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MSDN (http://msdn.microsoft.com/en-us/library/aa332339(VS.71).aspx) says that wait "Releases the lock on an object and blocks the current thread until it reacquires the lock." This implies basically lock toggling (Releasing, giving another thread a chance to run, reacquiring lock). But isn't this what Pulse() does? The only slight difference with Pulse it permenantly signals for the lock to be acquired?

The C# threading guide (http://www.albahari.com/threading/part4.aspx#_Wait_and_Pulse) has a very good analogy:

"Think of it like an automatic car park: you queue first at the pay station to validate your ticket (the waiting queue); "

So with the MSDN description, that means that when releasing the lock and blocking (same as wait - lock toggling), one car goes through and then the barrier (the lock) comes down?

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Monitor.Wait and Monitor.Pulse are about a specific pattern to support creation of condition variables over any reference object in .NET. Outside that specific pattern they are useless (or at least I've yet to see any such use).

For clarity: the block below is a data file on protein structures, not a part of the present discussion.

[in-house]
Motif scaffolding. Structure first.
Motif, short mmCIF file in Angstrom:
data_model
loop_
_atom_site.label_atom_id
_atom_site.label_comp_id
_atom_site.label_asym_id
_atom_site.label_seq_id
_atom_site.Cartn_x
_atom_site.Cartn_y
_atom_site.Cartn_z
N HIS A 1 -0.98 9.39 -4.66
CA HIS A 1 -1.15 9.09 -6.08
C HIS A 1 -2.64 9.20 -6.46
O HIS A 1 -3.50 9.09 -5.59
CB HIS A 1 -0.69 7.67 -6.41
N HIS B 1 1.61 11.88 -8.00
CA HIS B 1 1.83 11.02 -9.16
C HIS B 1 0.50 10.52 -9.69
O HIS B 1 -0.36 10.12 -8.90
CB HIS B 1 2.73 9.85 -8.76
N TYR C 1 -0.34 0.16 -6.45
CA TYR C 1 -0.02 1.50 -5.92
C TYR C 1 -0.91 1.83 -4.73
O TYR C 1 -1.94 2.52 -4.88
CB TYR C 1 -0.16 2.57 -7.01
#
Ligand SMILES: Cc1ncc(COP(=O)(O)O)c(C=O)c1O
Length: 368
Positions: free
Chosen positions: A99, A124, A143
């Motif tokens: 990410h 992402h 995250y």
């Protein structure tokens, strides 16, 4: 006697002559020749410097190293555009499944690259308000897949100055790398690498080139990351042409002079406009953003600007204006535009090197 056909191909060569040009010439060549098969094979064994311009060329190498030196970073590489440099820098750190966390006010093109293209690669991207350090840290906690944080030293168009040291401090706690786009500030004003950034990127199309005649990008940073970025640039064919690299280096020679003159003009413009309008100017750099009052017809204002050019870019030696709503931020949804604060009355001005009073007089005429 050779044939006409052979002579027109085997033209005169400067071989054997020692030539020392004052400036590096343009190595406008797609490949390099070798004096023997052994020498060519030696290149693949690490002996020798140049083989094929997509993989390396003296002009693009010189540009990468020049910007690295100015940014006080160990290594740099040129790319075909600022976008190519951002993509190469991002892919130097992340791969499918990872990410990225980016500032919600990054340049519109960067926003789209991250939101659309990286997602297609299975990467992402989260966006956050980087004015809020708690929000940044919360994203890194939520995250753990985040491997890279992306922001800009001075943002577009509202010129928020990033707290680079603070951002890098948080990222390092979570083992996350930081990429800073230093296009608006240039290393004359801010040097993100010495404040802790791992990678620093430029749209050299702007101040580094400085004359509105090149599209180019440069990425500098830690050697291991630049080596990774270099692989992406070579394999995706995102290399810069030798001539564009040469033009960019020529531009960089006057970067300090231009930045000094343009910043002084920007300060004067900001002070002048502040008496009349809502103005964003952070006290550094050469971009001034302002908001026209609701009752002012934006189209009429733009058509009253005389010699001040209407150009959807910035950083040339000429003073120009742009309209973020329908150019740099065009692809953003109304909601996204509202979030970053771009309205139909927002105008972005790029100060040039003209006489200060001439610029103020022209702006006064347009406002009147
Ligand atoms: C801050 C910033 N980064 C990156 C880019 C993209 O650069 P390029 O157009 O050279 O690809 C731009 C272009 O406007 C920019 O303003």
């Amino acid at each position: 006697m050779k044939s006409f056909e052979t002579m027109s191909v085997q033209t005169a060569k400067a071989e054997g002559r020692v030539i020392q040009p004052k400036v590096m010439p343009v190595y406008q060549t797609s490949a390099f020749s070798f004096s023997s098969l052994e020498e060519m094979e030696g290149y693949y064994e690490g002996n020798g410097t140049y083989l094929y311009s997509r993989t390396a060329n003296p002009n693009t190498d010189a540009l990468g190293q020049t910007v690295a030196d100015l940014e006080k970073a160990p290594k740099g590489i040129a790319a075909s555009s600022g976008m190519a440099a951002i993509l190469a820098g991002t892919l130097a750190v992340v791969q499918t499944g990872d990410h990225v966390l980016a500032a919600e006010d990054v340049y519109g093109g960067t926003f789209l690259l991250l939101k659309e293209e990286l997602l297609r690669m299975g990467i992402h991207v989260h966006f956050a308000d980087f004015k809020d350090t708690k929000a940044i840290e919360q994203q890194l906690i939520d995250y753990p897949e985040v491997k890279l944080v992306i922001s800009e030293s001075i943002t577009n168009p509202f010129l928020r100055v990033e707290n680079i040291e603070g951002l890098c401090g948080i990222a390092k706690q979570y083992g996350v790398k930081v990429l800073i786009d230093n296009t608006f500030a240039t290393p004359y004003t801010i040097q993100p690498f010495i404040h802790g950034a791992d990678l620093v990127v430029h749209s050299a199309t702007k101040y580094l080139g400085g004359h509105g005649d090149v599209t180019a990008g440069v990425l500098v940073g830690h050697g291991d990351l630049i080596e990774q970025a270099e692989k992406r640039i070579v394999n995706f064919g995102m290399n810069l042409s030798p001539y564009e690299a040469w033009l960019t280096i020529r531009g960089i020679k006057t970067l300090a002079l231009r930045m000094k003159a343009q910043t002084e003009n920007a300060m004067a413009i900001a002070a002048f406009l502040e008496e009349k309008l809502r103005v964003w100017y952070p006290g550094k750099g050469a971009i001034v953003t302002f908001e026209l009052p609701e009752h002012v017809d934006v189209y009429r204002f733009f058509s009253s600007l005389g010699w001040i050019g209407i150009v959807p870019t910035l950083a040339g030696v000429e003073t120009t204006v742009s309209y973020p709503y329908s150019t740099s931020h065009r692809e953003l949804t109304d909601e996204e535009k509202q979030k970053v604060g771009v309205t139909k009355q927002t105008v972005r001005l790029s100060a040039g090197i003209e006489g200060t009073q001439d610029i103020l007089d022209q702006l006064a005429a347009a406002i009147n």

The difference is:

  • Wait: releases the lock, waits for a pulse (from another thread of course) and then re-acquires the lock.
  • Pulse: releases the lock, signals one other thread waiting, and then re-acquires the lock.

It is that middle bit: wait verses signal that is the difference between the two methods, and that difference enables safe inter-thread signals. Summary: they are complementary parts that fit together to create something.

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albahari.com/threading/part4.aspx#_Wait_and_Pulse is worth a read too – David Kemp Feb 4 '10 at 11:58

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